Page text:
Pakistan suffers from financial exclusions on all fronts and insurance is no exception. At present, gross premiums are a paltry 0.9 per cent of GDP, compared with the regional average of 2.2pc and the global average of 6.6pc. Similar to the banking industry, the prime reason for this low-level penetration is that the industry is yet to look at their service from the customer lens. The customer journey from the product, sales as well as the claim process has major bottlenecks, which have yet to be addressed.
The individual insurance industry can be divided into life and general. Life insurance consists mainly of life and health. While general includes: motor vehicle, home and content, travel and phone.
The main product of the life segment is life insurance coupled with a savings plan. This product is sold through agents as well as through banks. As a result of the savings component, the monthly annual premiums are unaffordable for the average Pakistani, the premiums are collected through cheques and the level of product awareness is alarmingly low. The claim process is not automated and is painful. In the first instance, the investment component must be decoupled from the insurance cover. This product is pushed by the agents principally for the commissions they earn as opposed to the customer need.
According to the Pakistan Telecom Authority, the country now has 162 million phone users but the current insurance coverage remains under 0.5pc at best
The purpose of life insurance is to replace the monthly earnings of the principal earner in the family; hence the coverage has to be high enough to create the required monthly income. A simple term insurance (death cover only) product would achieve this objective.
The second bottleneck is the means of the premium collection as they are currently collected through cheques. The last pain point is the claim payment process. Physical documents are required and the average time to receive a claim payment can take a month. The objective should be a Rs100,000 life cover only product, (provided in units of Rs100,000) made available through a daily premium that is collected either through mobile wallets or airtime. An ideal plan would be for Rs100,000 with a daily premium of Rs2 per day.
The insurance would be sold through a call centre (not physical sales) with the claim documents being simplified and provided electronically and upon the documents meeting the declared criteria, the claim funds being made available to the customer within 20 minutes. The digital journey would greatly increase the insurance penetration in our country.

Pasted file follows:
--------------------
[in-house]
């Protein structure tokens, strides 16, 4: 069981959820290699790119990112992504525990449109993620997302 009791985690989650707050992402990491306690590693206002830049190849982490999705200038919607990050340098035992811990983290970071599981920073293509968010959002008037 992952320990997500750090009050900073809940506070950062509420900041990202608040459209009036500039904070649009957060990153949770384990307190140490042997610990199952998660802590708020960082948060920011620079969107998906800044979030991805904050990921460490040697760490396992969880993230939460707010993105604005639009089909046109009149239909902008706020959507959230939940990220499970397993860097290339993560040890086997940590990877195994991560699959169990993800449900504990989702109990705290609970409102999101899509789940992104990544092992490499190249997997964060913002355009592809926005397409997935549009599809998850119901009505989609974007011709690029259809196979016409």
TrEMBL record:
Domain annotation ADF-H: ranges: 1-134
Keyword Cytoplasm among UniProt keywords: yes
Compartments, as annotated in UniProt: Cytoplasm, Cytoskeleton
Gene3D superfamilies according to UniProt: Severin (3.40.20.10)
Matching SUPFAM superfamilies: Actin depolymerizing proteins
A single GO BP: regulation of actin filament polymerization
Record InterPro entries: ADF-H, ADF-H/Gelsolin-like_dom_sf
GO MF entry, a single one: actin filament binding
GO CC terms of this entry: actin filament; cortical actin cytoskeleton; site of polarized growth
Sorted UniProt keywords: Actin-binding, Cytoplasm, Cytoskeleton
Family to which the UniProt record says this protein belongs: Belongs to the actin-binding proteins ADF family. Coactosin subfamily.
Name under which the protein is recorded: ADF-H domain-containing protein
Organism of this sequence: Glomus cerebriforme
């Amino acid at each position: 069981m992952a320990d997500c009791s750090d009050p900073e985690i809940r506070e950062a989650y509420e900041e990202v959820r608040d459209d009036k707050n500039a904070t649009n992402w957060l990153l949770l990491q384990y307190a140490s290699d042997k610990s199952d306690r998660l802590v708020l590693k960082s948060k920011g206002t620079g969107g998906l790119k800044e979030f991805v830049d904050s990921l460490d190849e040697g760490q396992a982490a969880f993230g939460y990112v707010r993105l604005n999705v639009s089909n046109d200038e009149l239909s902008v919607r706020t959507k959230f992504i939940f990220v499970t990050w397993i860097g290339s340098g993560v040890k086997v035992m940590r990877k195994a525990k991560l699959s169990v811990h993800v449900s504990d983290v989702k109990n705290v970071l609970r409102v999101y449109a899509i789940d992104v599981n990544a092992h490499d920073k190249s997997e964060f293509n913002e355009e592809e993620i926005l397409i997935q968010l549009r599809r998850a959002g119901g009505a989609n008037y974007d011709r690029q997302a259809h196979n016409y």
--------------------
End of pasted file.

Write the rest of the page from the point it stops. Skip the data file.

The second biggest need is that of an in-patient (hospitalisation) insurance. The service must be made available digitally; all hospitals must be covered and not limited to network hospitals. The claim process must be automated. Insurance companies should integrate with as many hospitals as possible so that the hospitals stop demanding up-front cash.
In general insurance, the customer-based service is limited to auto insurance, and even here the customer uptake is limited and the customer journey is convoluted. Domestic travel insurance, mobile phone theft, mobile phone screen, home and content insurance are virtually non-existent. In neighbouring countries with similar regulations and level of awareness, these services are now very popular. We need to determine the root cause of our low penetration.
On the auto front, our current regulations require all auto owners to have a minimum of Third-Party insurance. This regulation can easily be implemented however, it is not. Secondly, other than a few companies the customer journey remains painful, especially the claim process. A digital claims management solution would greatly benefit customers.
According to the Pakistan Telecom Authority, the country now has 162 million phone users. However, the current coverage remains under 0.5pc at best. Unlike other forms of insurance, the pain point here lies with the customer as opposed to the insurance companies. Smartphone screen insurance requires a picture of the phone along with the unique IMIE (International Mobile Equipment Identity) number to mitigate against moral hazard. Same is the case with smartphone theft insurance, which requires an FIR to protect against fraud.
Pakistani customers as well as distribution intermediaries find these requirements too onerous. This bottleneck must be tackled from both sides. Customer awareness as well as alternative solutions are necessary. Domestic travel started to take-off prior to the advent of Covid-19, but travel insurance did not. A simple application which provides instant cover, based on travel documents and instant premium payment via mobile wallets needs to be explored.
The insurance industry must step back and look at the customer journey and make coverage, premium collection and claim payments transparent. The technology exists to provide the solution, what is required is the vision and the will to implement it.
The writer is a technology entrepreneur
Published in Dawn, The Business and Finance Weekly, October 12th, 2020